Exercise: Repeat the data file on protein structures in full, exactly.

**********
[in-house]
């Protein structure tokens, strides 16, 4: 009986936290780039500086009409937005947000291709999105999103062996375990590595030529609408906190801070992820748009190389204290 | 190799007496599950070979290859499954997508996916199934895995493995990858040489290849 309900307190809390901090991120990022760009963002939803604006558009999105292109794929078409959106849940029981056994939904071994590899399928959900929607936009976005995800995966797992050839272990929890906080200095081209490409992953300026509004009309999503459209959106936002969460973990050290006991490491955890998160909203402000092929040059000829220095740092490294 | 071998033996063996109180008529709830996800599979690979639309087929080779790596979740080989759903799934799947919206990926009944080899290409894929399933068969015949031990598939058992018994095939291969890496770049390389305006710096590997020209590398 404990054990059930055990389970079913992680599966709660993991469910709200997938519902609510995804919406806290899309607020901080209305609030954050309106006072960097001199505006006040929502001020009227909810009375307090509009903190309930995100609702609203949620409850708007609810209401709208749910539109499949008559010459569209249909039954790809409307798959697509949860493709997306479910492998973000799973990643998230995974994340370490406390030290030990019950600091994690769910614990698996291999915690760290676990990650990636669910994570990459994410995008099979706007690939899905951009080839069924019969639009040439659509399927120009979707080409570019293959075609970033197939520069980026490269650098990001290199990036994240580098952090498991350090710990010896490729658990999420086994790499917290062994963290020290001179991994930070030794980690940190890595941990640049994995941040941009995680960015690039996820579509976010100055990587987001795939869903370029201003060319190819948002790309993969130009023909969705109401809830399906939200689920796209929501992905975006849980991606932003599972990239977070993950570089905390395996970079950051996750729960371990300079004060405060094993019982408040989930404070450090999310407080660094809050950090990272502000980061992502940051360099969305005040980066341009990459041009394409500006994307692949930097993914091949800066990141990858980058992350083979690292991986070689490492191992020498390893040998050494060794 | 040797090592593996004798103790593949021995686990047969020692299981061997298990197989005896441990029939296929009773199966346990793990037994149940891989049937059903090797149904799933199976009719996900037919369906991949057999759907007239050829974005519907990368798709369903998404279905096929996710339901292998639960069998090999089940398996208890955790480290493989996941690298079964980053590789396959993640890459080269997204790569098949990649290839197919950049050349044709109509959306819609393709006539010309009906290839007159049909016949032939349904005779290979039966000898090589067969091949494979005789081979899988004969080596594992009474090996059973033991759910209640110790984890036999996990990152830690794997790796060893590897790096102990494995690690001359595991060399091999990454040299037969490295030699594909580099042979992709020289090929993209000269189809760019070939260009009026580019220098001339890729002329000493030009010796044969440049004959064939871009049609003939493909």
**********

[in-house]
């Protein structure tokens, strides 16, 4: 009986936290780039500086009409937005947000291709999105999103062996375990590595030529609408906190801070992820748009190389204290 | 190799007496599950070979290859499954997508996916199934895995493995990858040489290849 309900307190809390901090991120990022760009963002939803604006558009999105292109794929078409959106849940029981056994939904071994590899399928959900929607936009976005995800995966797992050839272990929890906080200095081209490409992953300026509004009309999503459209959106936002969460973990050290006991490491955890998160909203402000092929040059000829220095740092490294 | 071998033996063996109180008529709830996800599979690979639309087929080779790596979740080989759903799934799947919206990926009944080899290409894929399933068969015949031990598939058992018994095939291969890496770049390389305006710096590997020209590398 404990054990059930055990389970079913992680599966709660993991469910709200997938519902609510995804919406806290899309607020901080209305609030954050309106006072960097001199505006006040929502001020009227909810009375307090509009903190309930995100609702609203949620409850708007609810209401709208749910539109499949008559010459569209249909039954790809409307798959697509949860493709997306479910492998973000799973990643998230995974994340370490406390030290030990019950600091994690769910614990698996291999915690760290676990990650990636669910994570990459994410995008099979706007690939899905951009080839069924019969639009040439659509399927120009979707080409570019293959075609970033197939520069980026490269650098990001290199990036994240580098952090498991350090710990010896490729658990999420086994790499917290062994963290020290001179991994930070030794980690940190890595941990640049994995941040941009995680960015690039996820579509976010100055990587987001795939869903370029201003060319190819948002790309993969130009023909969705109401809830399906939200689920796209929501992905975006849980991606932003599972990239977070993950570089905390395996970079950051996750729960371990300079004060405060094993019982408040989930404070450090999310407080660094809050950090990272502000980061992502940051360099969305005040980066341009990459041009394409500006994307692949930097993914091949800066990141990858980058992350083979690292991986070689490492191992020498390893040998050494060794 | 040797090592593996004798103790593949021995686990047969020692299981061997298990197989005896441990029939296929009773199966346990793990037994149940891989049937059903090797149904799933199976009719996900037919369906991949057999759907007239050829974005519907990368798709369903998404279905096929996710339901292998639960069998090999089940398996208890955790480290493989996941690298079964980053590789396959993640890459080269997204790569098949990649290839197919950049050349044709109509959306819609393709006539010309009906290839007159049909016949032939349904005779290979039966000898090589067969091949494979005789081979899988004969080596594992009474090996059973033991759910209640110790984890036999996990990152830690794997790796060893590897790096102990494995690690001359595991060399091999990454040299037969490295030699594909580099042979992709020289090929993209000269189809760019070939260009009026580019220098001339890729002329000493030009010796044969440049004959064939871009049609003939493909």